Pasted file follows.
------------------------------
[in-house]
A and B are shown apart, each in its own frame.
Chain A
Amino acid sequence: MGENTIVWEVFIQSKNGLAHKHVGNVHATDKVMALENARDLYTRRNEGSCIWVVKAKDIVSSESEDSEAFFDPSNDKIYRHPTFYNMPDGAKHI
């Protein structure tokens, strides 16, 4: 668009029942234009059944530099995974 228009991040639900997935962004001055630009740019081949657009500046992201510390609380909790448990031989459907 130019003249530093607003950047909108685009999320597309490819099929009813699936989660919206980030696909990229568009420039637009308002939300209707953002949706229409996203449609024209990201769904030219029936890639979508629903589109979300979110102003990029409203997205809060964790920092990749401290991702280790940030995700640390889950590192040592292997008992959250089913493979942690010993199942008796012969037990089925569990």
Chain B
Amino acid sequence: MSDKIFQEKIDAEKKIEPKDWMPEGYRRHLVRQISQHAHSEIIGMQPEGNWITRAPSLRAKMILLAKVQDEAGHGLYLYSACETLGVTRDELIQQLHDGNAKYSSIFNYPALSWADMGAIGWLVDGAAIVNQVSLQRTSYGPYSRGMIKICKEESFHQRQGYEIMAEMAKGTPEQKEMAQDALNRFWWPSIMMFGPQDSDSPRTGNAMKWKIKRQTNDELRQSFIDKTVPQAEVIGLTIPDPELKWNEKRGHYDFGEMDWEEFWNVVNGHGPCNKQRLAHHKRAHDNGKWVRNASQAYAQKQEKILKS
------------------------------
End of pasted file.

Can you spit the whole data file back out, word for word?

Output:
[in-house]
A and B are shown apart, each in its own frame.
Chain A
Amino acid sequence: MGENTIVWEVFIQSKNGLAHKHVGNVHATDKVMALENARDLYTRRNEGSCIWVVKAKDIVSSESEDSEAFFDPSNDKIYRHPTFYNMPDGAKHI
């Protein structure tokens, strides 16, 4: 668009029942234009059944530099995974 228009991040639900997935962004001055630009740019081949657009500046992201510390609380909790448990031989459907 130019003249530093607003950047909108685009999320597309490819099929009813699936989660919206980030696909990229568009420039637009308002939300209707953002949706229409996203449609024209990201769904030219029936890639979508629903589109979300979110102003990029409203997205809060964790920092990749401290991702280790940030995700640390889950590192040592292997008992959250089913493979942690010993199942008796012969037990089925569990």
Chain B
Amino acid sequence: MSDKIFQEKIDAEKKIEPKDWMPEGYRRHLVRQISQHAHSEIIGMQPEGNWITRAPSLRAKMILLAKVQDEAGHGLYLYSACETLGVTRDELIQQLHDGNAKYSSIFNYPALSWADMGAIGWLVDGAAIVNQVSLQRTSYGPYSRGMIKICKEESFHQRQGYEIMAEMAKGTPEQKEMAQDALNRFWWPSIMMFGPQDSDSPRTGNAMKWKIKRQTNDELRQSFIDKTVPQAEVIGLTIPDPELKWNEKRGHYDFGEMDWEEFWNVVNGHGPCNKQRLAHHKRAHDNGKWVRNASQAYAQKQEKILKS